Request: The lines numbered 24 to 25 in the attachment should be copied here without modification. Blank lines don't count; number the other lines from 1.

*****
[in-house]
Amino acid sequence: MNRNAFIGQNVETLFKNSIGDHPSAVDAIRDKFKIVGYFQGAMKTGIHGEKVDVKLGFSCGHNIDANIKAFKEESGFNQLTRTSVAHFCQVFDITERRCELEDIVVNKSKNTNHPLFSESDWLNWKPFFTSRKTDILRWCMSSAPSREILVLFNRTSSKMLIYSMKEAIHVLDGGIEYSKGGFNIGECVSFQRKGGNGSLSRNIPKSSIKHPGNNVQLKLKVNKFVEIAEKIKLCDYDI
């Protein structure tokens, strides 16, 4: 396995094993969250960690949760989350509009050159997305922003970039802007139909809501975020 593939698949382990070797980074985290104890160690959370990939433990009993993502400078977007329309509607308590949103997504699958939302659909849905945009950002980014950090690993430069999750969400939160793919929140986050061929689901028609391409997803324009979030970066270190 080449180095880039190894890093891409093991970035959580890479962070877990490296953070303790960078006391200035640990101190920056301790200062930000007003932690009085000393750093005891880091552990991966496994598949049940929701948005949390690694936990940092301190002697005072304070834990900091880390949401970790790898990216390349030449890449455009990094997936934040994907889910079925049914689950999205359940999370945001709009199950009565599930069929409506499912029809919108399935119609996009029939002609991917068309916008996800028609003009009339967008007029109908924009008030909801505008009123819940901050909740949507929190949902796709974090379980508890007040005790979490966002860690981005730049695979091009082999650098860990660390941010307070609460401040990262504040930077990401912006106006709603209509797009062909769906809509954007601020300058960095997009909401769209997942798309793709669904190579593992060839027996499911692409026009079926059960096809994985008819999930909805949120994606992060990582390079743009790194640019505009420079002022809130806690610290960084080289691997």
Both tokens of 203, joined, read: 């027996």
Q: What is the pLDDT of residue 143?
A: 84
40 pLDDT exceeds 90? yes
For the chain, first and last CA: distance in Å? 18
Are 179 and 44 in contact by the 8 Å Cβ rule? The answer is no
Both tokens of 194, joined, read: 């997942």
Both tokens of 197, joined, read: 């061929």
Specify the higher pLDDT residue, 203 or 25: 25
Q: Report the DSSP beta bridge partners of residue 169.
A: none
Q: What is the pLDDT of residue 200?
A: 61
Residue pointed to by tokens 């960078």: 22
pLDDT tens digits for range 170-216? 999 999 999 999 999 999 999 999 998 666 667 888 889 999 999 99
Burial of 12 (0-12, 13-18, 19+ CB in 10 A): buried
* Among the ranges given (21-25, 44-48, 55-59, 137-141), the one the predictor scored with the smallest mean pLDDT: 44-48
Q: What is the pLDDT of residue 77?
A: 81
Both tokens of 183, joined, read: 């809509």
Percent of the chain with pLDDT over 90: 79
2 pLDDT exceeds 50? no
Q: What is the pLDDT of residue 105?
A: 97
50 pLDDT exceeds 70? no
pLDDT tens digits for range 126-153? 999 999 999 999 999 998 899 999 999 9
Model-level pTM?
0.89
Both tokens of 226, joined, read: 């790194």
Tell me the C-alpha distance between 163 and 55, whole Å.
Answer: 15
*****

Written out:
Percent of the chain with pLDDT over 90: 79
2 pLDDT exceeds 50? no